Extraterrestrial creatures are invading, and it’s up to you and your team to drive them off. You start off with a single character, but each mission gives you the chance to recruit more characters to your cause. You can bring up to four into any mission with you. You’ll also find upgrades and gear, enabling you to power up your favorites. The tongue is planted firmly in cheek here, with many of the recruits named after a particular country and leaning hard into a stereotype associated with it. Each one packs their own special abilities, and it’s a lot of fun experimenting to see which ones suit your playstyle.
While there’s plenty of enjoyment to be had in the single player mode, you can also head online and team up against the swarms with some friends. My experience with the online play was smooth, at least as far as latency went. I could see myself spending a lot of time playing this online in the future. I’d imagine the game would be even better on a console that runs it better, but you won’t have a miserable time with this Switch version provided you’re not terribly sensitive to performance-related issues. Even with the blocky style, coming out on top of a drag-out battle with massive groups of bugs and other creatures is an intense high.
SwitchArcade Score: 4/5
Sludge Life ($14.99)
If you’re the sort of player that needs guidance in a game, you’re going to hate Sludge Life. You’re dropped into a world without so much an overall goal, and left to your own devices to find things to do. After a bit, you might surmise that there are a number of places you can tag with your graffiti. Is that the goal? Maybe activating all of the teleport locations is the goal. Maybe you should try to play all the mini-activities? Perhaps it’s all of those things. Perhaps it’s none.
The star of the show is that weird world. It’s gross, filled with slime and unhappy people. There are signs everywhere encouraging you to smoke the world’s popular brand of cigarettes. Some people are at their jobs, and don’t seem too into that idea. Others are in their homes, and they’re not doing much better. There are lots of odd things to stumble across, and if you don’t look for them the game certainly won’t point you at them. It won’t point you at anything. It’s a bizarre place, and there’s some fascination to be found in exploring it. But what you get from it is going to depend on what you put into it.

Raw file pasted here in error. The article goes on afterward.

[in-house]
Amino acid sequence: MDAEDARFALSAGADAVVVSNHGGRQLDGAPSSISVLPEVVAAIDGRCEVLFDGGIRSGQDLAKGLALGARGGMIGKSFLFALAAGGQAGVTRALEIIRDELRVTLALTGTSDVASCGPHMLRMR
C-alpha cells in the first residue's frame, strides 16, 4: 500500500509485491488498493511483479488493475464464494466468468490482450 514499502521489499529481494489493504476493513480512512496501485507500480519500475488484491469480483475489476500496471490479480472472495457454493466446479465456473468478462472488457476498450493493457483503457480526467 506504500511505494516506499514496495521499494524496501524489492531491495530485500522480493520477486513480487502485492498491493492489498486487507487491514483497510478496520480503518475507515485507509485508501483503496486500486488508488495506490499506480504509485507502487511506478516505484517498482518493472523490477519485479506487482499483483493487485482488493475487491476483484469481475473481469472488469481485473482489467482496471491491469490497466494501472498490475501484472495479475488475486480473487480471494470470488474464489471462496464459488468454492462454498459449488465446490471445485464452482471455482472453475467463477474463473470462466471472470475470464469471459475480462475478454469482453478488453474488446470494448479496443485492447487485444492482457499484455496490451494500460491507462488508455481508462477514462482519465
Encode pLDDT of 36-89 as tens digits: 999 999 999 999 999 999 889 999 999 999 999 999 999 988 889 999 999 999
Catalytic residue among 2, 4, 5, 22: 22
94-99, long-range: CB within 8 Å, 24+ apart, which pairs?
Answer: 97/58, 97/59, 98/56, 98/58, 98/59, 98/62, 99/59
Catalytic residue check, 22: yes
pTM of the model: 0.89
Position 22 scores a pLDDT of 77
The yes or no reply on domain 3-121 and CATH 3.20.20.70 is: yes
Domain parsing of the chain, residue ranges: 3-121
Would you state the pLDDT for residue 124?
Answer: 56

SwitchArcade Score: 3.5/5
It’s always nice to encounter a puzzle game with a fresh mechanic that works. It’s even better when it’s this cheap. The idea here is that in each stage you’re given some kind of geometric design that you have to recreate. You’re given one or more pieces and need to rotate, twist, stretch, or collapse them in order to match the target. Once you do, you’re on to the next stage. It’s incredibly easy at first, particularly when you’re only given one piece to work with. As the game progresses, the puzzles become very tricky indeed. Somehow, you get over two hundred of these puzzles for your three bucks. It gets a bit repetitive after a while, and fresh gimmicks are few and far between, but I certainly can’t argue that puzzle fans won’t get their money’s worth from Motif.
SwitchArcade Score: 3.5/5
My Child Lebensborn ($8.99)
Based on real events, My Child Lebensborn sees you taking care of a child in Norway after World War 2. This child’s father was a Nazi, which isn’t something the little one understands or cares about before they attend school. Unfortunately, the child’s parentage is known to others, and after starting school the child begins to be bullied and ostracized. This is a child-rearing sim where you need to take care of basic needs like food and hygiene, but also have to try to help them with the treatment they are receiving from others. It’s an interesting and educational game to experience, but some awkward controls make it far more clumsy to play than any menu-based game ever should be. Worth a play on mobile, but I’m not sure I’d recommend this version if you have other options.
SwitchArcade Score: 3/5
Okay, you can see the screenshot. You probably have a good idea of what sort of game this is just from that. This comes from Klei Entertainment, and if there’s anyone out there these days that knows how to make a fun game, it’s them. Griftlands is a deckbuilding roguelike with three different campaigns, one for each of its main characters. It looks great, plays well, and even has a decent story. I don’t think it does anything that will win over people who don’t care for this genre, but if you’ve enjoyed games like Slay the Spire or Darkest Dungeon, you’ll probably have a great time here.